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Don’t Blame Climate Change For The British Columbia Floods

british columbia floods

Canadians may be slowly coming around to the idea that the British Columbia flood crisis cannot be solely chalked up to climate change, no matter how frequently the media write that script.

The doubtful science behind the alleged link between atmospheric rivers and the flooding of the Sumas Prairie is usually glossed over by claiming that while the floods are maybe not a direct consequence of climate change, they are nevertheless consistent with the extreme events that are forecast to be routine by the end of the century under a climate-changed future.

As I tried to outline in my most recent column, there are many factors behind the B.C. flood disaster other than climate change.

The British Columbia flood crisis, in fact, is an opportunity to begin a real policy discussion with a view to rethinking the current Canadian and international drive to net-zero carbon.

This is not a cynical call to never let a crisis go to waste. In a perverse way, the flood damage that will cost billions to repair demonstrates the high risks associated with political and economic plans imposed from on high.

Also on the line is the irrefutable evidence that governments and politicians failed to act on mountains of evidence that massive flooding of the Sumas Valley was predicted and inevitable and unprepared for.

The more Canadians learn of the failure of governments and other agencies to prepare for the floods that continue today, the more they are likely to take a fresh view of climate issues, whether carbon-related or not.

And there is so much to learn. Hundreds of reports, studies, agencies, councils, and commissions provide documentary evidence of the colossal breakdown in the governance system.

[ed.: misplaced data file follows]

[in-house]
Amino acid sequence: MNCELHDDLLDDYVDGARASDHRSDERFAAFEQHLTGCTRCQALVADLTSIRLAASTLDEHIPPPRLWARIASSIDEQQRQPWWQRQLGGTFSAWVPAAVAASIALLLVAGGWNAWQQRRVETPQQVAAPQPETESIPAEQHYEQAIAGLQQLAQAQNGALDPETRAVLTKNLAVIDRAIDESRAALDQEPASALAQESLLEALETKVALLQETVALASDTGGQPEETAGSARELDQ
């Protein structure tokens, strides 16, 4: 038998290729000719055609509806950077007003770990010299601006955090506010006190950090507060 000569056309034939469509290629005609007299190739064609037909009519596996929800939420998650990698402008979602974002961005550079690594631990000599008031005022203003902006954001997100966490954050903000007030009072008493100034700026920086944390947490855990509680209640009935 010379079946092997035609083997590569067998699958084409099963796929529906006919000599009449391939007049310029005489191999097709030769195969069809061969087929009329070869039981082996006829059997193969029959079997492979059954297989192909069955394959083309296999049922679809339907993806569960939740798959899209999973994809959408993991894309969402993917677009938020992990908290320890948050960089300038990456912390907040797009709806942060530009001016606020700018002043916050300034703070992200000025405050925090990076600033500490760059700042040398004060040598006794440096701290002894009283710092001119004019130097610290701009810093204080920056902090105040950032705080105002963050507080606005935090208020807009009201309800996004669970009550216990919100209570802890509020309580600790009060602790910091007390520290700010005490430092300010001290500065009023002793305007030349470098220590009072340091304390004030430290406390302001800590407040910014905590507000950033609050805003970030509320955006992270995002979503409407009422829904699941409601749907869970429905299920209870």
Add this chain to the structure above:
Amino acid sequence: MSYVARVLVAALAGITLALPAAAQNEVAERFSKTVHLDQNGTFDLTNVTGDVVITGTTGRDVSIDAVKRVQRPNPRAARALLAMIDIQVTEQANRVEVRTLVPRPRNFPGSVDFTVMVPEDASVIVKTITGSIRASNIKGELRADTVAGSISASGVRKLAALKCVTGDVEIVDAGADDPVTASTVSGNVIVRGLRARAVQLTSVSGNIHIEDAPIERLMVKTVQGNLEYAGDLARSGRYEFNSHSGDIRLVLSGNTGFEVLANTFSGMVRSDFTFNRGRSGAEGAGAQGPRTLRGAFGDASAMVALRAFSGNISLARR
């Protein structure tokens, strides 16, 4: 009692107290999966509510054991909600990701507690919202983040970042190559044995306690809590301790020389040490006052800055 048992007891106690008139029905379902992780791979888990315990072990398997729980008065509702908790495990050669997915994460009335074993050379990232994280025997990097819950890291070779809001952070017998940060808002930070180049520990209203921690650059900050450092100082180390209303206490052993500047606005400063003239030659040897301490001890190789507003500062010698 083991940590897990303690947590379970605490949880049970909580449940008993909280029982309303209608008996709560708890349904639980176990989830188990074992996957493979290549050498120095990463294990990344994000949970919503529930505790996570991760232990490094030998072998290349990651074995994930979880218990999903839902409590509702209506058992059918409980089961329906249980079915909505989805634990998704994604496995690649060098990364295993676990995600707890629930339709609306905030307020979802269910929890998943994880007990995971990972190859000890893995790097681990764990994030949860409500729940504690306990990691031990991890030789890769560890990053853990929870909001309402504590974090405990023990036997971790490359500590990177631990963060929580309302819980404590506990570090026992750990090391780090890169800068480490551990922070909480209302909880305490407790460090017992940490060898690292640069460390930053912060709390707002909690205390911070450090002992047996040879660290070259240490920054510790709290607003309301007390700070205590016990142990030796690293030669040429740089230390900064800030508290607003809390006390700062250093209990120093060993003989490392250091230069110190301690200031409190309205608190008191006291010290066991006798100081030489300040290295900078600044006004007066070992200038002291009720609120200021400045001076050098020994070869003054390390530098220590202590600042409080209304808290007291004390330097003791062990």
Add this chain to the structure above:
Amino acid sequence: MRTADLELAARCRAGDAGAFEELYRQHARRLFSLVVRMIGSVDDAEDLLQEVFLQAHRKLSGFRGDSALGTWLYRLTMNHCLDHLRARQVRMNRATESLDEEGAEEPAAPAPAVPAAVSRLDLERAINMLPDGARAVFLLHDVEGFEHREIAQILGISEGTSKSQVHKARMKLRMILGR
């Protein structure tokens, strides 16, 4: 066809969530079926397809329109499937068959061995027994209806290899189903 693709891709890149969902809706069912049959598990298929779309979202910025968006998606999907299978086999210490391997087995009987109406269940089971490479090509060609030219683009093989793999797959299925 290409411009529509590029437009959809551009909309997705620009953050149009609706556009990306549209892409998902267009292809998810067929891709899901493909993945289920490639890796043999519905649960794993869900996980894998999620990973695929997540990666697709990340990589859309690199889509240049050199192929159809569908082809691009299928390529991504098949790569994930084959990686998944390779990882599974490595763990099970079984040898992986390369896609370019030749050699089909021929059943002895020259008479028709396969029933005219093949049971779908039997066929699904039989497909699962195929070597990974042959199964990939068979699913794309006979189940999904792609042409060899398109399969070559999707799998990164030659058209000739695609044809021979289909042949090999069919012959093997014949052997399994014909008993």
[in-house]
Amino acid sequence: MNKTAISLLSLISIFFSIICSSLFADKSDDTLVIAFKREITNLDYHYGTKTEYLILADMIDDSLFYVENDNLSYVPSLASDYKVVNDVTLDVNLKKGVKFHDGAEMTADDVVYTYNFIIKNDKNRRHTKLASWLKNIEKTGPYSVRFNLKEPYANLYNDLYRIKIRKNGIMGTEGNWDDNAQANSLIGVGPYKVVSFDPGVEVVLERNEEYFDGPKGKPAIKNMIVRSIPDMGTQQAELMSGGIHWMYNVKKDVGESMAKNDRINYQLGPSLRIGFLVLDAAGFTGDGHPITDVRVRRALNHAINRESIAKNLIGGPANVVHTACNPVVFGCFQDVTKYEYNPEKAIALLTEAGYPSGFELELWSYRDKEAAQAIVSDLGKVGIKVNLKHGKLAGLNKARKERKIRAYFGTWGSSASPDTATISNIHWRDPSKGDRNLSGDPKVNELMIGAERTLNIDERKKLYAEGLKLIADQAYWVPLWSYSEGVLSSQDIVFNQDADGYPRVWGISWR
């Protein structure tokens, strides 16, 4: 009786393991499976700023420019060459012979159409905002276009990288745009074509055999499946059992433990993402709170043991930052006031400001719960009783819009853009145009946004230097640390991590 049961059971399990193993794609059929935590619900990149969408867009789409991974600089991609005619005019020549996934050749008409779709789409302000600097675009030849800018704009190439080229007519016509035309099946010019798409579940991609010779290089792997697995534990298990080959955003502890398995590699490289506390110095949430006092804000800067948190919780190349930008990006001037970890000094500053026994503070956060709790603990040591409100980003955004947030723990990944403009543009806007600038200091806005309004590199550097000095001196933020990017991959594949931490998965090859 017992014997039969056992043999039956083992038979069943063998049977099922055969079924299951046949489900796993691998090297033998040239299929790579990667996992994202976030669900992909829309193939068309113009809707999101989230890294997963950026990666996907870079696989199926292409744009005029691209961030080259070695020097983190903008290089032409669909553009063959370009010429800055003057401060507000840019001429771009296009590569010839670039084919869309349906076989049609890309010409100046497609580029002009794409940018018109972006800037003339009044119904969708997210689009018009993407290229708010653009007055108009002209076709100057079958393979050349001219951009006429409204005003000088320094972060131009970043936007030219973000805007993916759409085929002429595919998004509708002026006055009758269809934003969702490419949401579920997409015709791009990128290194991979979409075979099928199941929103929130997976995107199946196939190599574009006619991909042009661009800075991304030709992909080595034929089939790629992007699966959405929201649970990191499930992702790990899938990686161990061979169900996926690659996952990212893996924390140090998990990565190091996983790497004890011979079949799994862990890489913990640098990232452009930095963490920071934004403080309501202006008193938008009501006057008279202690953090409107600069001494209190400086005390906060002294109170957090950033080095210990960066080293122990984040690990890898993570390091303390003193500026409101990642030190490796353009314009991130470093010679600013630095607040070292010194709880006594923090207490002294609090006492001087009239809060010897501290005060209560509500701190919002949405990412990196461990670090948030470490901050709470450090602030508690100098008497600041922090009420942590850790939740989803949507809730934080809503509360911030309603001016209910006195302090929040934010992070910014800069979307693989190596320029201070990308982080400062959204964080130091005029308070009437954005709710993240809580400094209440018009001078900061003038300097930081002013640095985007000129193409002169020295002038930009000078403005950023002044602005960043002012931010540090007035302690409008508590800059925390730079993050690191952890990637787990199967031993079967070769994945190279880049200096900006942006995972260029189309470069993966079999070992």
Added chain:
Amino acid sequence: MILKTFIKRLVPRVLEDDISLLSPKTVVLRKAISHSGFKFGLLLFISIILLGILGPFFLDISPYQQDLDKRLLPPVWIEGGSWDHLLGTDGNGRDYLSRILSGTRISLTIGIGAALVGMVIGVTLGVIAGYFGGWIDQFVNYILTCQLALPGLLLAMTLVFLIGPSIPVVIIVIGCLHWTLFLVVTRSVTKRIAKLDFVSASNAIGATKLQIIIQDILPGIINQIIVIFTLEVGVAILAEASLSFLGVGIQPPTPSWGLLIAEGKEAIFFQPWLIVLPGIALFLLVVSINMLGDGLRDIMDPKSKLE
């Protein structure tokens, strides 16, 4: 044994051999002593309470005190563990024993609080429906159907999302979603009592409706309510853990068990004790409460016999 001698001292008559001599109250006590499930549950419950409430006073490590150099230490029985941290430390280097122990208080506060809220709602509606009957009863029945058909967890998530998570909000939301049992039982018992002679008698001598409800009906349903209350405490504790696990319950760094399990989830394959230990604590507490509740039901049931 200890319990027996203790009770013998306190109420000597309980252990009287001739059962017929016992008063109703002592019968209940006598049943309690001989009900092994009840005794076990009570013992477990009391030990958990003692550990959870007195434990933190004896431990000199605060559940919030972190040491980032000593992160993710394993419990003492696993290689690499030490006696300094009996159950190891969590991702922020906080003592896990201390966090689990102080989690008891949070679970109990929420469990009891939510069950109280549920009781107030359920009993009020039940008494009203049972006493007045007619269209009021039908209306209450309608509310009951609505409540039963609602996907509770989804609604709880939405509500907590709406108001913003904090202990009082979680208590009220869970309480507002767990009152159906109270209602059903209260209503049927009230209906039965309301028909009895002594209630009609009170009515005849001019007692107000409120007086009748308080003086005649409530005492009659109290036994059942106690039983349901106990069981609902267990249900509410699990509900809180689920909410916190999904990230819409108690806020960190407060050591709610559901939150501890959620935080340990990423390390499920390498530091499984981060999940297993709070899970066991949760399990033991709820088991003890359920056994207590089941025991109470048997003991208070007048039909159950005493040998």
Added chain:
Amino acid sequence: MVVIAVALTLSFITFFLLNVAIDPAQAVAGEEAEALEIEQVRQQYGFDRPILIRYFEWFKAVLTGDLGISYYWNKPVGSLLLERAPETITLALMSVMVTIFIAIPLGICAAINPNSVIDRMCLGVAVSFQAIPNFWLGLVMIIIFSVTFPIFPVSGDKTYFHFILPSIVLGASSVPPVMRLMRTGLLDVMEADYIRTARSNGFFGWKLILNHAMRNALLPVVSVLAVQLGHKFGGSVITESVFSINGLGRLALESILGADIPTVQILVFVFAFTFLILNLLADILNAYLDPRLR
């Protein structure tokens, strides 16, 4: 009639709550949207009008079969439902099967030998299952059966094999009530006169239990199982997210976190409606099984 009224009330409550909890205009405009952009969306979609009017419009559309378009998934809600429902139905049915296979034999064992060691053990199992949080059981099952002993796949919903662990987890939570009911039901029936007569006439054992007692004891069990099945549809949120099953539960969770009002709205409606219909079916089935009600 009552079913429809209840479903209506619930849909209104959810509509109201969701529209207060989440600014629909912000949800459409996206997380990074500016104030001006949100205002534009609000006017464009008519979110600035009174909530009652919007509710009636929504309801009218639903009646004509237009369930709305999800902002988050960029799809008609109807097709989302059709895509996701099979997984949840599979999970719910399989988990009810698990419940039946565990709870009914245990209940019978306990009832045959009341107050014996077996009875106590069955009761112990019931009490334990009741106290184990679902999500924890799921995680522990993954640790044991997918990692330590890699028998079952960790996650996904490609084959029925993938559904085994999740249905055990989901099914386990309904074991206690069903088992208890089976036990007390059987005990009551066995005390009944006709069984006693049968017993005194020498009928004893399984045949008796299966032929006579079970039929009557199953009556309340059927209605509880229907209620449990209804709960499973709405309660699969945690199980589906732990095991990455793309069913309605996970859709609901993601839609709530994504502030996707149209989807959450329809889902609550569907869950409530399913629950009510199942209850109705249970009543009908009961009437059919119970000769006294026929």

Even the CBC, which rarely sees a crisis that cannot be linked to climate change, seemed set to open a new window on the flood story Thursday night on The Fifth Estate.

A tweeted promo for the new episode said “We’re in B.C. after catastrophic flooding devastated parts of the province and investigating how the provincial government should have seen this coming.”

But that is actually the wrong question. The government of British Columbia and federal officials did see this coming. It was a known, uncontested, and scientifically solid prediction.

The 100-year-old system of dikes and networks that protected the areas, while frequently updated and improved over the decades, would inevitably fail, and likely in a catastrophic manner.

They knew the floods were coming — and climate change had nothing to do with it.

Another indicator that “they knew” was identified the other day by Tyler Olsen, an intrepid B.C. journalist with the Fraser Valley Current. “A doomed Sumas dike failed as predicted.

Many other levees could be next,” said the headline on Olsen’s report on a five-year-old engineers’ inspection of the Sumas dike.

They warned “the dike was two feet lower than it should be” and would be unable to stop floodwaters if and when the Nooksack River breached its banks.

The dike, said the engineers, was “substandard,” and needed to be updated. Dike overflow “is expected during the Nooksack River overflow.” And so it did overflow.

Olsen asks the logical question: “Why was the Sumas dike never fixed?” One reason is that “its inadequacy is incredibly common across the lower Mainland.”

But these stories and reports just tickle the surface of an underground vault filled with warnings about the total inadequacy of the entire Sumas Valley water-control system, which stretches down into the State of Washington.

That makes the B.C. flood crisis part of an international problem that dates back to the origins of the elaborate water-control infrastructure that was imposed by governments a century ago.

As historian Chad Reimer documents in his 2018 book Before We Lost the Lake (Amazon), the human attempt to micromanage the vast geography was an act of hubris that did not turn out as planned.

The real connection between the 2021 floods and climate change is not in the flow of water but in the flow of ideas.

In 1924, engineers and political operators had a grand vision that they believed would allow them to assert control over a vast natural system without fully understanding the nature of the system and the risks.

The same can be said today of the global effort — an ideological river — to control the weather and the climate by imposing a massive economic restructuring on the way to net-zero carbon emissions.

Read more at Financial Post

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